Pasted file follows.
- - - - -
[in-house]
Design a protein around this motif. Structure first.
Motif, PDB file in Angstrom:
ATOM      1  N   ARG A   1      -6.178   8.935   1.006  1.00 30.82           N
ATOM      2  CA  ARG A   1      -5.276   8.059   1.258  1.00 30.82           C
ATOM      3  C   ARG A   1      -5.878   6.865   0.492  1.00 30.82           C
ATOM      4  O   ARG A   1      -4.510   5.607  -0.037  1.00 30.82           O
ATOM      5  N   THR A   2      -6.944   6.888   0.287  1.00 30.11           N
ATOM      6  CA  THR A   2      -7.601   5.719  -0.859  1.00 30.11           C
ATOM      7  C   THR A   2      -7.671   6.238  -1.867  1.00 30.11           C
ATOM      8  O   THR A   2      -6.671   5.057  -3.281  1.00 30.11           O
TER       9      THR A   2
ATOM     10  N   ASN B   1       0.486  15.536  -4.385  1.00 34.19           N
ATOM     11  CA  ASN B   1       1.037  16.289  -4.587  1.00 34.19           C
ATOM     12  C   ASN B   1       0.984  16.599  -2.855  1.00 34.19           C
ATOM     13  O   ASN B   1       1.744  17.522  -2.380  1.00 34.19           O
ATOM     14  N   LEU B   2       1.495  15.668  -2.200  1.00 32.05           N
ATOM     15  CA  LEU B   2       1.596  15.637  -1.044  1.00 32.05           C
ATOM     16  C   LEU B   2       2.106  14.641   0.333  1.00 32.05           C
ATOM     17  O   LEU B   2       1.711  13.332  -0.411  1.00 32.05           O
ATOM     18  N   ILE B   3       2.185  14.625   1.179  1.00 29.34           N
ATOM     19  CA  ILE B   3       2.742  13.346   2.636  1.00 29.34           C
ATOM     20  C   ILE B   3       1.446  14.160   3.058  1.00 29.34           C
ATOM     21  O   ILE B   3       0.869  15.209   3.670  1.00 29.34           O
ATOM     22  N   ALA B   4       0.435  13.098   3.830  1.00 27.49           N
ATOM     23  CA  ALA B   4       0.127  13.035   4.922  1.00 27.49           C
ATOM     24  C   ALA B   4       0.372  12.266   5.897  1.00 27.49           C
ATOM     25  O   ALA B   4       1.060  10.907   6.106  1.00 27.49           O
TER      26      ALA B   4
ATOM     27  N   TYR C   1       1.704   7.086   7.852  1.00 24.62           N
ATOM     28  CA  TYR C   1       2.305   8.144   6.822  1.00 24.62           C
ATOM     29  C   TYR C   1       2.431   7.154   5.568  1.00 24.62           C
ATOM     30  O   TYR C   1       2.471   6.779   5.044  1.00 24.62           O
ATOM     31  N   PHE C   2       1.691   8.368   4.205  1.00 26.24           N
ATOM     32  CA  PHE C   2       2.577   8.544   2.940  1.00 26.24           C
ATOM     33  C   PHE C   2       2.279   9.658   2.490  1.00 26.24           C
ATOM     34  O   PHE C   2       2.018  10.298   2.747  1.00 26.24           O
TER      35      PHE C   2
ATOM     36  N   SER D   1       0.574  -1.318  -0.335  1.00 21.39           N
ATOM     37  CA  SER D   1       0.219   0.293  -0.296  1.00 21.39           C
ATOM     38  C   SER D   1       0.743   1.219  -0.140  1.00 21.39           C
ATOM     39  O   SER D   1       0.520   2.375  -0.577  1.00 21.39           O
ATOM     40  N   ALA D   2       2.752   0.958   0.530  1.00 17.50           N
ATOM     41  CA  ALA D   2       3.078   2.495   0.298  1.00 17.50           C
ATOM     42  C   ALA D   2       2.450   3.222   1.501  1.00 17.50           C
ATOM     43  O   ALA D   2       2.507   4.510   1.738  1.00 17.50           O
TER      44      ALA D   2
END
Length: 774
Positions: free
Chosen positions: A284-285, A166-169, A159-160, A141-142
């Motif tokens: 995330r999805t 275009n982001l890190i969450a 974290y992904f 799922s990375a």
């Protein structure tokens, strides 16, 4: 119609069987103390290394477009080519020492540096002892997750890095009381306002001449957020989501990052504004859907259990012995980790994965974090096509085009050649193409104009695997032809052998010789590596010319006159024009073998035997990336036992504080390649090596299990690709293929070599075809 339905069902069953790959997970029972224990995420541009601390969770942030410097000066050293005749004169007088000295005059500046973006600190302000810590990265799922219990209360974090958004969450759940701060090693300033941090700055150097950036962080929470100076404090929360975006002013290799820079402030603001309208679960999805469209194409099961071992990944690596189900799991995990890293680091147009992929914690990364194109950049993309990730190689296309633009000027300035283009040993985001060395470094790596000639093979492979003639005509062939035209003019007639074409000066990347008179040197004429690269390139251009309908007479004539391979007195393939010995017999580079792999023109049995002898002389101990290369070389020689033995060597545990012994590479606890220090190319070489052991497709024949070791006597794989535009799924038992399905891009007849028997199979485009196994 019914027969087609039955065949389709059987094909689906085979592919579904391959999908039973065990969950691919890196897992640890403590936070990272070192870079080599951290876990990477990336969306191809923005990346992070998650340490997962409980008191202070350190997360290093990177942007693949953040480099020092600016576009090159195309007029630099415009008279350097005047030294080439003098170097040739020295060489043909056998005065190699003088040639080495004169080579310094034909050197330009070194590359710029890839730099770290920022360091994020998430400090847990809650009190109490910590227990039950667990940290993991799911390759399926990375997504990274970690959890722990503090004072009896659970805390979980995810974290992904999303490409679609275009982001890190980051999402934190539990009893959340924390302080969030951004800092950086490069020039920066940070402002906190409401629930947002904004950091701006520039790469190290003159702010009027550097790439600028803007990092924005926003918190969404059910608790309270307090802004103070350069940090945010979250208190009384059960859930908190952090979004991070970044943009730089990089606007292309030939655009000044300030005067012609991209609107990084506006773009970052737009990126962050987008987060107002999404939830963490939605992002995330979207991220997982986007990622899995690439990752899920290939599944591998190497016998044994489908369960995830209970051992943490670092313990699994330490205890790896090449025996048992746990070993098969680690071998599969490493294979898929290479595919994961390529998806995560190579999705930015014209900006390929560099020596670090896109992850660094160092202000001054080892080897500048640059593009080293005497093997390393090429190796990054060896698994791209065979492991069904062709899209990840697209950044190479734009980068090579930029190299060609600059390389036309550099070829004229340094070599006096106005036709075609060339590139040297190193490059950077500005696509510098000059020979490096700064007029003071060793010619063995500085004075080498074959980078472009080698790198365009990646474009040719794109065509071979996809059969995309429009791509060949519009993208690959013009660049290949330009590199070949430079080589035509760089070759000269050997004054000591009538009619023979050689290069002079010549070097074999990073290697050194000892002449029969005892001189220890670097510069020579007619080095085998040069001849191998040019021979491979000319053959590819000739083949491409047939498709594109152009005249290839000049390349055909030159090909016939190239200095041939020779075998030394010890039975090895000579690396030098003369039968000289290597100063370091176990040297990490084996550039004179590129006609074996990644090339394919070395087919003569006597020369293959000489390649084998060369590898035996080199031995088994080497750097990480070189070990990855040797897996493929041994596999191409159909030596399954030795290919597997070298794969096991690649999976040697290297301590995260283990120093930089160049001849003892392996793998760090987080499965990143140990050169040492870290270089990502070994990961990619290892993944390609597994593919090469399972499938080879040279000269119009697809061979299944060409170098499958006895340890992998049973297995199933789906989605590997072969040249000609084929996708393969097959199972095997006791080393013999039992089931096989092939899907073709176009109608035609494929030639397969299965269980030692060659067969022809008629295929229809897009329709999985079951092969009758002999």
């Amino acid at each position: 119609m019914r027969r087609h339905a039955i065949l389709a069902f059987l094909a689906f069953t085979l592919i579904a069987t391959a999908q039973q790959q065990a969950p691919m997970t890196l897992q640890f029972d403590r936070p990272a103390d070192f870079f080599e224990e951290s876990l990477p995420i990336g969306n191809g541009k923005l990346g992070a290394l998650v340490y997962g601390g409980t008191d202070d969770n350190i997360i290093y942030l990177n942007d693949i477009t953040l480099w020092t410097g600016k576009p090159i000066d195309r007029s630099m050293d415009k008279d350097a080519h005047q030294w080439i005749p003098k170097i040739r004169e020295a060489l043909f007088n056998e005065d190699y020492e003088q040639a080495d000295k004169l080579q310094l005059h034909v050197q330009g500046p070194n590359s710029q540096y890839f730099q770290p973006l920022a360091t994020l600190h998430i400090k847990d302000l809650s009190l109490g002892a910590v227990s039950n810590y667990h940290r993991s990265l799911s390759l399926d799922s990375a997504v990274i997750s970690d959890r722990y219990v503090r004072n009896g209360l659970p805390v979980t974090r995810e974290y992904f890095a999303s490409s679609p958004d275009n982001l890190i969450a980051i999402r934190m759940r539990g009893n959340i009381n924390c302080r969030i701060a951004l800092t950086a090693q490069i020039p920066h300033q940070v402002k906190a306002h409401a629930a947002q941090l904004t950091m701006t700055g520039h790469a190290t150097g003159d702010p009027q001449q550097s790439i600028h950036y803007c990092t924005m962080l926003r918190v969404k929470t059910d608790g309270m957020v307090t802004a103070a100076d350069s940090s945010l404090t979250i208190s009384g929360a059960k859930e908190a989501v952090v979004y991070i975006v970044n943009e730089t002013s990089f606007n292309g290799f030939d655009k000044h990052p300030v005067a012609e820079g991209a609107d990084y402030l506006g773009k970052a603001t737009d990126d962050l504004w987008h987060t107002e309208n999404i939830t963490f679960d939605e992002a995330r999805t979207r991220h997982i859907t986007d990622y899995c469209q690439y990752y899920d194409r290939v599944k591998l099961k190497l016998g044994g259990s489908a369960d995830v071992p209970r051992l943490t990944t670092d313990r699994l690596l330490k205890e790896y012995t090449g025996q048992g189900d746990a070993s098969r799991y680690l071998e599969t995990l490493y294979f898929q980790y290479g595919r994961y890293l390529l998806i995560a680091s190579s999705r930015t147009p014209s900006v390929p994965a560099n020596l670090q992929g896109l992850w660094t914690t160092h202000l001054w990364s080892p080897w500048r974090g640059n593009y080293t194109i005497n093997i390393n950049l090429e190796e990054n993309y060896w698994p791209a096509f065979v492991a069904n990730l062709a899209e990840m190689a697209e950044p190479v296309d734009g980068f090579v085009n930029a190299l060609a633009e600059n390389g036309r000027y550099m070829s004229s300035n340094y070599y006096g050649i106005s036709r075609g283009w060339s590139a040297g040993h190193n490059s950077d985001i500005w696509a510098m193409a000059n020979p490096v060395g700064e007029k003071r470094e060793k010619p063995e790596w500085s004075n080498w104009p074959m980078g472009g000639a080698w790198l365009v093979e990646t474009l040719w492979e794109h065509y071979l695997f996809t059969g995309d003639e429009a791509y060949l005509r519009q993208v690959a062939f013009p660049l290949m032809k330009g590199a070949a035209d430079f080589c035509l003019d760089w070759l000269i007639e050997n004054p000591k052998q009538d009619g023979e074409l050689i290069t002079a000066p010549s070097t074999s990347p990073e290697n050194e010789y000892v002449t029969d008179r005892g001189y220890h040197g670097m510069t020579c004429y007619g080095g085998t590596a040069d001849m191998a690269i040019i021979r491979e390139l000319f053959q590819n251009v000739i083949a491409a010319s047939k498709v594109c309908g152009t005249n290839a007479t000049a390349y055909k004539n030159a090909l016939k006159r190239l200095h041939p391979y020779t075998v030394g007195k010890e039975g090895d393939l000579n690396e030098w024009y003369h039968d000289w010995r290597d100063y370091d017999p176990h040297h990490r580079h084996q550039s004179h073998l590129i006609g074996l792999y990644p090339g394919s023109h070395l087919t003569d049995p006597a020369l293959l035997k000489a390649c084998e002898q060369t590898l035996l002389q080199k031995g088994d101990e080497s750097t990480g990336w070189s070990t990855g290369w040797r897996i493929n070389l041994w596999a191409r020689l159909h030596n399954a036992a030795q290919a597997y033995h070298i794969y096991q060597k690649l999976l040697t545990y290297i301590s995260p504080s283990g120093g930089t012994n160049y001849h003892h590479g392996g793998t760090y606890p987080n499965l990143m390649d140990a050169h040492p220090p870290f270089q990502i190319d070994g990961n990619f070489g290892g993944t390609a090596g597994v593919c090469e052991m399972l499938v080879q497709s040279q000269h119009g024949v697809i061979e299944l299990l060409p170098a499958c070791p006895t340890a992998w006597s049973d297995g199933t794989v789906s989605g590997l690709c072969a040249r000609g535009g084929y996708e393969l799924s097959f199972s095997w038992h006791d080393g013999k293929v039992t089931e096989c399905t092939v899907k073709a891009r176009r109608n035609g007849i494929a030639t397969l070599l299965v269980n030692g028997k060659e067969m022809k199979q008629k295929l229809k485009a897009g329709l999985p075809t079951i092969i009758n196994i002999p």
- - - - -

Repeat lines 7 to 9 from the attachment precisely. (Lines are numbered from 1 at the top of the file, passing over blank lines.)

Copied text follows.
ATOM      4  O   ARG A   1      -4.510   5.607  -0.037  1.00 30.82           O
ATOM      5  N   THR A   2      -6.944   6.888   0.287  1.00 30.11           N
ATOM      6  CA  THR A   2      -7.601   5.719  -0.859  1.00 30.11           C